(Note...Recently, around sunset I drove into my dooryard on Milton Avenue and found a deer grazing on my lawn. We looked wearily at each other for five minutes and than he went back to eating. I found out later that he had consumed my parsley plants and all my tulips.)
Deaths in the news
Clayton L. Everts, 41, of Warrensburgh, died Saturday morning, May 21, 1910 of a complication of diseases. He leaves a widow, a brother, Watson Everts of Athol and a sister, Mrs. Fred J. Hayes of Warrensburgh.
Theodore F. Dingman, 30, the son of Bradford Dingman, died Friday, May 27, 1910 in Glens Falls where he moved only two months ago from Warrensburgh. He leaves a widow. Burial was in the Warrensburgh Cemetery in a heavy downpour of rain.
Henry Middleton, 84, died June 4, 1910 at his home in Olmstedville. He is survived by a widow and six daughters.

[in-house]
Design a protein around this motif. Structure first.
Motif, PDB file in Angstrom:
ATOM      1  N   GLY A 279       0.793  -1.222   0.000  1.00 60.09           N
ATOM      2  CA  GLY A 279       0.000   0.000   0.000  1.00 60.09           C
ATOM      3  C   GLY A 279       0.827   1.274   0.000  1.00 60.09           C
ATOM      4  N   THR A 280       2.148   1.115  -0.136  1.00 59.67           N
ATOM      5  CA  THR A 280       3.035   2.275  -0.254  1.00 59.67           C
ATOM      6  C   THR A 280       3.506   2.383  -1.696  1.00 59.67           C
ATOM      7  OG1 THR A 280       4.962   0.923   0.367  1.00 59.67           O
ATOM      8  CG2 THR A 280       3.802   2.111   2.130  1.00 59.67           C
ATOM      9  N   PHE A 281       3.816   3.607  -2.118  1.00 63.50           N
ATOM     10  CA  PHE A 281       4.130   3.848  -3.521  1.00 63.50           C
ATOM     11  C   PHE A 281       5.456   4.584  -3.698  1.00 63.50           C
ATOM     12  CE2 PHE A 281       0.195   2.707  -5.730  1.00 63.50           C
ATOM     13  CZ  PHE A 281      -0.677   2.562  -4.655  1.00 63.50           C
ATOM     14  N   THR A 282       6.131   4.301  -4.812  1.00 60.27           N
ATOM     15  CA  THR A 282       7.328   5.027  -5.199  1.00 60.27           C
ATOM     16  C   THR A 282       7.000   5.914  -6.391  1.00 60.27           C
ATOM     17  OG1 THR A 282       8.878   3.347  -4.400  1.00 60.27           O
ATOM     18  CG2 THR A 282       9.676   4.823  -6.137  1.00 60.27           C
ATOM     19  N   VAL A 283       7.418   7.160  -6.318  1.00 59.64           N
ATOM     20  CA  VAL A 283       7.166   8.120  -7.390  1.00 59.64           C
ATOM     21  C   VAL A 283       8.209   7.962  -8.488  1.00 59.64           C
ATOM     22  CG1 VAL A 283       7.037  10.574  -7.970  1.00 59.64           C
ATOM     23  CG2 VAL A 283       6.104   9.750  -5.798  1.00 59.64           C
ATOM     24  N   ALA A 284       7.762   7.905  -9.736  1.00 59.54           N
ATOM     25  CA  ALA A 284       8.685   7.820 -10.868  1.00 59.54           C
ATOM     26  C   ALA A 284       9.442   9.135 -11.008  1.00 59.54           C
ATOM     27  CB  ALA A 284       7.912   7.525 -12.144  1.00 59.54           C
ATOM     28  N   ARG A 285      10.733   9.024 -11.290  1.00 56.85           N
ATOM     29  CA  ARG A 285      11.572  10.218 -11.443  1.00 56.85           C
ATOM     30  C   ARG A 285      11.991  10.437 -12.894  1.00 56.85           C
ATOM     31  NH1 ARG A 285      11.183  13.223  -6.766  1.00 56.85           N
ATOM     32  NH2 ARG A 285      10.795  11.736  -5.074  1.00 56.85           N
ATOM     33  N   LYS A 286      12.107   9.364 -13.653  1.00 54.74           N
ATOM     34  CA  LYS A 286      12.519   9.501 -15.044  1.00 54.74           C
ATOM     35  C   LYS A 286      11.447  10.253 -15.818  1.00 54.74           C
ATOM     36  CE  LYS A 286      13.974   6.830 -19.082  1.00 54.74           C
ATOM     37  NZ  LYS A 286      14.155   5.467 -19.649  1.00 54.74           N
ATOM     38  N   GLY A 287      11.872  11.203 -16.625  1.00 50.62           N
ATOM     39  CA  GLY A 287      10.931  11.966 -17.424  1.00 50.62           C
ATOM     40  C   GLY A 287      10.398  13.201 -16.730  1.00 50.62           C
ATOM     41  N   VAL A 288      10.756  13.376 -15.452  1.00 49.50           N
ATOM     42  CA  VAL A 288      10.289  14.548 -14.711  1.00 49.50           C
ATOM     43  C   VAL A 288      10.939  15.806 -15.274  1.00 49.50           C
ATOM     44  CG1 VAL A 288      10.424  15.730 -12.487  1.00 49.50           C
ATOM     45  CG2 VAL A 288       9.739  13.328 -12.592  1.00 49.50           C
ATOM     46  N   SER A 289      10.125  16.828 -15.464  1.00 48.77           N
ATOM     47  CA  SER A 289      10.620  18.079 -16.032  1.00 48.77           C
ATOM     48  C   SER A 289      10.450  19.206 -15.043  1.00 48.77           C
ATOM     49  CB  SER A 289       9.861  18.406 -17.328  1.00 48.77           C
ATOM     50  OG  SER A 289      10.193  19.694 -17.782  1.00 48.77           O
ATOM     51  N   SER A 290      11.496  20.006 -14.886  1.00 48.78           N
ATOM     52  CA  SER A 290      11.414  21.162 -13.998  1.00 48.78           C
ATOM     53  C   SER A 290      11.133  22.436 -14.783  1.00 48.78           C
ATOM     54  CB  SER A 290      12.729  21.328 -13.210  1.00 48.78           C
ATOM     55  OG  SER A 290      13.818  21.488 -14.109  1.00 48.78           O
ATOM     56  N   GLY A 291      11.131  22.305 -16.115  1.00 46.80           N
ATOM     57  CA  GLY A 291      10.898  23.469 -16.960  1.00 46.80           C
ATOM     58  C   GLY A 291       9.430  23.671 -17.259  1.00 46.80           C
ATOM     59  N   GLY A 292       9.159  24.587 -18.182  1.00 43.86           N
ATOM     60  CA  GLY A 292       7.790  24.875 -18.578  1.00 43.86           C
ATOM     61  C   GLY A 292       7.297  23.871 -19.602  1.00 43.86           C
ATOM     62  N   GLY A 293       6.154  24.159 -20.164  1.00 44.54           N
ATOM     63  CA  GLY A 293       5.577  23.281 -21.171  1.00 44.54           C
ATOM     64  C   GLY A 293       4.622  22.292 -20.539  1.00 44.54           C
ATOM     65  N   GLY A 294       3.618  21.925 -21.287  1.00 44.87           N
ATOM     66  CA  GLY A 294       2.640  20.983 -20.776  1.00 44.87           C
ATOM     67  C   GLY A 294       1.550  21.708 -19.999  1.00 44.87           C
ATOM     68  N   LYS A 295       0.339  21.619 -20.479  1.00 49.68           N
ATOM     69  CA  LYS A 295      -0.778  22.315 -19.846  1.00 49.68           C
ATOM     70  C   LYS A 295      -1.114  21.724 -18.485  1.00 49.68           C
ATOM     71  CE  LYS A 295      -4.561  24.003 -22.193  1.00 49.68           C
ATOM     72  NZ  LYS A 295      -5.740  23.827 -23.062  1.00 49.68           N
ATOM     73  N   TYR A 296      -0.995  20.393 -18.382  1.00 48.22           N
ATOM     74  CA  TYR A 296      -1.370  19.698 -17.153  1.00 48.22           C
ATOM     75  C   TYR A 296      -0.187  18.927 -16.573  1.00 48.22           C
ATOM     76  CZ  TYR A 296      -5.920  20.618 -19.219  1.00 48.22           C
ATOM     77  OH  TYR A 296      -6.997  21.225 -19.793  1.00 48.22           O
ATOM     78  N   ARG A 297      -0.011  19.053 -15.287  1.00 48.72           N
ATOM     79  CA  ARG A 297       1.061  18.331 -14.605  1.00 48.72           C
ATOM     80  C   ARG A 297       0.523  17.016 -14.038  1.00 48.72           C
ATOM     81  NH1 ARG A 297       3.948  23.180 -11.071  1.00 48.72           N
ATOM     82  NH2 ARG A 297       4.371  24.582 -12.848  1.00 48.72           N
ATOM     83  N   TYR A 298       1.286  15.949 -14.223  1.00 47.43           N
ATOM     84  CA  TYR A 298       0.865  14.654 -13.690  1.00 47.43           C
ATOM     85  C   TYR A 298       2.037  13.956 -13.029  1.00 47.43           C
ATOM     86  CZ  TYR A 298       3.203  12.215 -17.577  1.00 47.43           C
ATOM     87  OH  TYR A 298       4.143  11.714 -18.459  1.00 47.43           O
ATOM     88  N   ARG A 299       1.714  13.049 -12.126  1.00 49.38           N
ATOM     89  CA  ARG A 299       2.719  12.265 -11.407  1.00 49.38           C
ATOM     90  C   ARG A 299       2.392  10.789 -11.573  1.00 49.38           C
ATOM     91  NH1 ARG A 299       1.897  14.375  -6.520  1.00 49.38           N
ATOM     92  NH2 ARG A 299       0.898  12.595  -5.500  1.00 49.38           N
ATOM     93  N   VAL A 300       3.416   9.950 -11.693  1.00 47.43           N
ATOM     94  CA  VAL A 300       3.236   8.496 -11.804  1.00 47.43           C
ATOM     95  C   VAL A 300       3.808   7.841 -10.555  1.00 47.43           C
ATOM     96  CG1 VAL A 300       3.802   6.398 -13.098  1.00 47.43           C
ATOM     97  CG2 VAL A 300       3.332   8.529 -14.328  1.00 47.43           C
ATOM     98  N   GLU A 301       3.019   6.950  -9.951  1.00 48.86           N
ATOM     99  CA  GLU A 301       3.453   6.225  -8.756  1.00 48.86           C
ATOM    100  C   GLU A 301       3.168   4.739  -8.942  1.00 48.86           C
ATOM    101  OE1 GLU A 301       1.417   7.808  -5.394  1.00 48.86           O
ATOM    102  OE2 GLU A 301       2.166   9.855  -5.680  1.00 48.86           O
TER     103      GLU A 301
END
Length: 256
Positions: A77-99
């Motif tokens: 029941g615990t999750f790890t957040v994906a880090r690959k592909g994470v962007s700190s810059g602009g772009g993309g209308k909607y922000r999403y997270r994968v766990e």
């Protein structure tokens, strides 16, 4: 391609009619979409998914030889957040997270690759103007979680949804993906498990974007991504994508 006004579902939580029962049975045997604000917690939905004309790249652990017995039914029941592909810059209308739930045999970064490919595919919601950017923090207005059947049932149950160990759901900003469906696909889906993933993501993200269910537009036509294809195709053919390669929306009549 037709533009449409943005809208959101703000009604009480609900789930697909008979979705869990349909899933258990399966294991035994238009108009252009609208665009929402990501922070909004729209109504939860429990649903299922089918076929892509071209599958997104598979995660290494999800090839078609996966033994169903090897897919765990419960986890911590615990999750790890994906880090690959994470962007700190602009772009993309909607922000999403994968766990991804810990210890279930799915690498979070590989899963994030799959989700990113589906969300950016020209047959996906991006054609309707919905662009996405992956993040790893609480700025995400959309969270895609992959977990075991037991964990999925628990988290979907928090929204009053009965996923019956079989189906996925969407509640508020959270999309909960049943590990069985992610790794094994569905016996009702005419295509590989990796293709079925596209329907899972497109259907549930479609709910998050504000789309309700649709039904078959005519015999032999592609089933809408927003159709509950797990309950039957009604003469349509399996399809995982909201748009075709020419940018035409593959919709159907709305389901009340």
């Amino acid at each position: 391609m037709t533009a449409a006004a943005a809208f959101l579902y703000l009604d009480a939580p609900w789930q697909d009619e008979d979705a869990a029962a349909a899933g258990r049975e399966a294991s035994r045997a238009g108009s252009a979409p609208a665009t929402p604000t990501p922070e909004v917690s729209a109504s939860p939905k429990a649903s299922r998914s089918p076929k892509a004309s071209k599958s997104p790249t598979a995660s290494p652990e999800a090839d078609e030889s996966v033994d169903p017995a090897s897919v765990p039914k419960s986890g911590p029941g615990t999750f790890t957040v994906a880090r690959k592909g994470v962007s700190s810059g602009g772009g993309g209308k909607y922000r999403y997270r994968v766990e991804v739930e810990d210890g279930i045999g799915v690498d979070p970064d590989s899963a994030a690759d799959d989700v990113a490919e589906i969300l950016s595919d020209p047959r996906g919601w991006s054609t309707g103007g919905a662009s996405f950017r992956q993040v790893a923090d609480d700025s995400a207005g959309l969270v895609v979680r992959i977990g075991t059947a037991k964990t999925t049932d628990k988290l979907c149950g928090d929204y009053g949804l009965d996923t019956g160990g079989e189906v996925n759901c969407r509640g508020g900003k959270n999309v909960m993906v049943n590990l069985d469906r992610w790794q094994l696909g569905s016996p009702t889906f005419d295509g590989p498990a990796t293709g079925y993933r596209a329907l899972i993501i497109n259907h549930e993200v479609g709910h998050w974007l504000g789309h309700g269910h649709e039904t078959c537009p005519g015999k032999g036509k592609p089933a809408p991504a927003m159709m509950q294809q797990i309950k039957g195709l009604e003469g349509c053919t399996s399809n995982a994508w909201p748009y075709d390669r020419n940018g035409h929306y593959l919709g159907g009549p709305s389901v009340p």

Mrs. Harriet Pratt, 52, of Horicon Avenue, died June 14, 1910 of diabetes at her home in Warrensburgh.
In Knowelhurst, Mrs. Charles Swanson has put up a fine granite monument for her husband in the Van Auken Cemetery. Schuyler Glassbrook has also put up a fine one for his father, Alexander Glassbrook in the Glassbrook Cemetery.
Because of computer difficulties there were mistakes in the May 22, column. Sisters, Mrs. F.R. Saville and Daisy Langworthy, of Warrensburg, were in Downey, Ca. on May 8, 1910, at the deathbed of their aunt, Alma Bennett.
North Country legend "Uncle Mart Moody" was stricken with paralysis at Big Moose Lake. It was Seneca Ray Stoddard, of Glens Falls, not Moody, who was getting ready to publish his 40 edition of his Adirondack Guide, "The Adirondack Illustrated."
A while back I wrote that Emerald and Pearl Pasco were the children of Alexander Pasco. Actually, Pearl was Emerald's daughter. Thanks go to the readers who called.
Readers are welcome to contact Adirondack Journal correspondent Jean Hadden at firstname.lastname@example.org or 623-2210